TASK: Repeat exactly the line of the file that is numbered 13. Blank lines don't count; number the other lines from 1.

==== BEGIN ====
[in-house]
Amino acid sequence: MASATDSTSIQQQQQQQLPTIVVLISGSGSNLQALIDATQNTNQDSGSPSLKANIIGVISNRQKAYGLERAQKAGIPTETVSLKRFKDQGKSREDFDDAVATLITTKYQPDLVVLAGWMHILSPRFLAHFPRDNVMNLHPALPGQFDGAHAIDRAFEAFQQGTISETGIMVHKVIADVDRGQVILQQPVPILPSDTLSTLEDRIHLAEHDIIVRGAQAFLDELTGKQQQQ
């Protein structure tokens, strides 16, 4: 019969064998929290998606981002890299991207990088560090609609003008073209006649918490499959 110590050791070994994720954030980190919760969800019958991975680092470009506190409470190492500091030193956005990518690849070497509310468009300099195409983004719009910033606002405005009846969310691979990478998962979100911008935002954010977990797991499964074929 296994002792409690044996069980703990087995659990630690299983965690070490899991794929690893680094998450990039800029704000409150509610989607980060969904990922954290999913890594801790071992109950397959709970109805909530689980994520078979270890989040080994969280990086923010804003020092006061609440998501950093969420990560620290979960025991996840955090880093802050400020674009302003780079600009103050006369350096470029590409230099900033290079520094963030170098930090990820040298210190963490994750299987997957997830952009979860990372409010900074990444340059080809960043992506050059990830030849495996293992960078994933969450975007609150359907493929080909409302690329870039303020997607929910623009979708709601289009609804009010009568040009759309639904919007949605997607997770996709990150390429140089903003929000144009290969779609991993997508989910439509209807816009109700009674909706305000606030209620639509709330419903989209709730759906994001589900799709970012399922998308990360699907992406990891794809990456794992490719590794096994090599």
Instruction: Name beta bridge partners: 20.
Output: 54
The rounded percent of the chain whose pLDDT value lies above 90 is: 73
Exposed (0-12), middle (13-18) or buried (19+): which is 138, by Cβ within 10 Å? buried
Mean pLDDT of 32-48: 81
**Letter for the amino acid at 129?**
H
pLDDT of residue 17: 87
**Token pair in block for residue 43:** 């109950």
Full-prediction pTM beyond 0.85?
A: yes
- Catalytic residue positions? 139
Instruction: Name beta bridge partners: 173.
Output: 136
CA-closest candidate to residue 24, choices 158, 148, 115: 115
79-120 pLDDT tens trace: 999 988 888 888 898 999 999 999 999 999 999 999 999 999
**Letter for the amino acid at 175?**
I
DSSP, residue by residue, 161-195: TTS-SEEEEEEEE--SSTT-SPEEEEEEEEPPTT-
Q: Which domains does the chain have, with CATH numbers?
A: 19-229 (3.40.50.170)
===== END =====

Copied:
Full-prediction pTM beyond 0.85?